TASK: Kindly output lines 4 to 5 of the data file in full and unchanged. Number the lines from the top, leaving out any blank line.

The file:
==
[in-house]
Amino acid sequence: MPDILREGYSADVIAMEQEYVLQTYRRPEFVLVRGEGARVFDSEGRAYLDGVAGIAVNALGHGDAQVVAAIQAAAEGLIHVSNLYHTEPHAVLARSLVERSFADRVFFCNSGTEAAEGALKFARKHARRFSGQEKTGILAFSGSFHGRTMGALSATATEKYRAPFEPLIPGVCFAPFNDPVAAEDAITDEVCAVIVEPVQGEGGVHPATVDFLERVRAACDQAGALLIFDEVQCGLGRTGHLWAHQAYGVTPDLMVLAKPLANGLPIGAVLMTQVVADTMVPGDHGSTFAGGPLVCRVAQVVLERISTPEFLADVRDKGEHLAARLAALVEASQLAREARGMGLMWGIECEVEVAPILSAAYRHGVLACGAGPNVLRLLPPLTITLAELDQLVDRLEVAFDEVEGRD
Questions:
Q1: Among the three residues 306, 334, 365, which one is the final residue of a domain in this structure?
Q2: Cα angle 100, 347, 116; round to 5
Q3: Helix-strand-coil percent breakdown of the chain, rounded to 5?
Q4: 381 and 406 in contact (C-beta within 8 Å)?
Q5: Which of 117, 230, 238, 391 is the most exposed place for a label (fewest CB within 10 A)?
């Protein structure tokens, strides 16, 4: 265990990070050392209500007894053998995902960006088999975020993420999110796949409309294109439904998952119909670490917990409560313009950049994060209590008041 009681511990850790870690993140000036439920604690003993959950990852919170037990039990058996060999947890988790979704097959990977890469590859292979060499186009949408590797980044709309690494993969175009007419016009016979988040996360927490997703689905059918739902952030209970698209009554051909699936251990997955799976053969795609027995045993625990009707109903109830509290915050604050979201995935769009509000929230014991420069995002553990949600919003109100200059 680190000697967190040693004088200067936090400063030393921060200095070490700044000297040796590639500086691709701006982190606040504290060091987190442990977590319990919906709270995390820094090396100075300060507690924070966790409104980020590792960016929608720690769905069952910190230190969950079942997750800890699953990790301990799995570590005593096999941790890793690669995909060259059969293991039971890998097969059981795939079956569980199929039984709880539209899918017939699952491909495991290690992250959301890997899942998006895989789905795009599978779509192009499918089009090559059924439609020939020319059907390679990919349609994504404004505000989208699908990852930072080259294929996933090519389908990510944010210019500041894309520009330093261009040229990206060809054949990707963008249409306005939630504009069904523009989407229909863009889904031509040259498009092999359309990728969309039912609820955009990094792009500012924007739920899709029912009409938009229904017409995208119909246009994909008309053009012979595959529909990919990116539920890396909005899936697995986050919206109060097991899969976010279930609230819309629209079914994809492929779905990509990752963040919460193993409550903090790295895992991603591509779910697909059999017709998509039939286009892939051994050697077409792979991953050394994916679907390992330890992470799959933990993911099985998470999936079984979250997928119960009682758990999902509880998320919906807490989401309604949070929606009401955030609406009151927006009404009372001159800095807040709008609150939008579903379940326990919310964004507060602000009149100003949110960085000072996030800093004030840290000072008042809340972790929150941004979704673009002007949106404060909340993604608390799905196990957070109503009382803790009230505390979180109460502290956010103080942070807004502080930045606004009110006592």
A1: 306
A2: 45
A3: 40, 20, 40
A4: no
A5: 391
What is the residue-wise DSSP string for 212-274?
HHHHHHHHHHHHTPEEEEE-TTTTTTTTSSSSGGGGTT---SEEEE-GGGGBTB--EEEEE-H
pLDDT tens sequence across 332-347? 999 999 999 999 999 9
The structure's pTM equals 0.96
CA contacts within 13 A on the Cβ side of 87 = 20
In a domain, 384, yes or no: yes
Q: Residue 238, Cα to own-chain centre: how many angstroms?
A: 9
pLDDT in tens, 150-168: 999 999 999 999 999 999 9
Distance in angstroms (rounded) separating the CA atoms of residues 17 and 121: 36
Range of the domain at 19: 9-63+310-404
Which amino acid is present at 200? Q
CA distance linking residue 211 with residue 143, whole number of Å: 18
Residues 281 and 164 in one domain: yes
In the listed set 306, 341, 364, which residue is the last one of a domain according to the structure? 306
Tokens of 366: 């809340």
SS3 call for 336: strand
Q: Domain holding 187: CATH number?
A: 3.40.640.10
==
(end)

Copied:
Q1: Among the three residues 306, 334, 365, which one is the final residue of a domain in this structure?
Q2: Cα angle 100, 347, 116; round to 5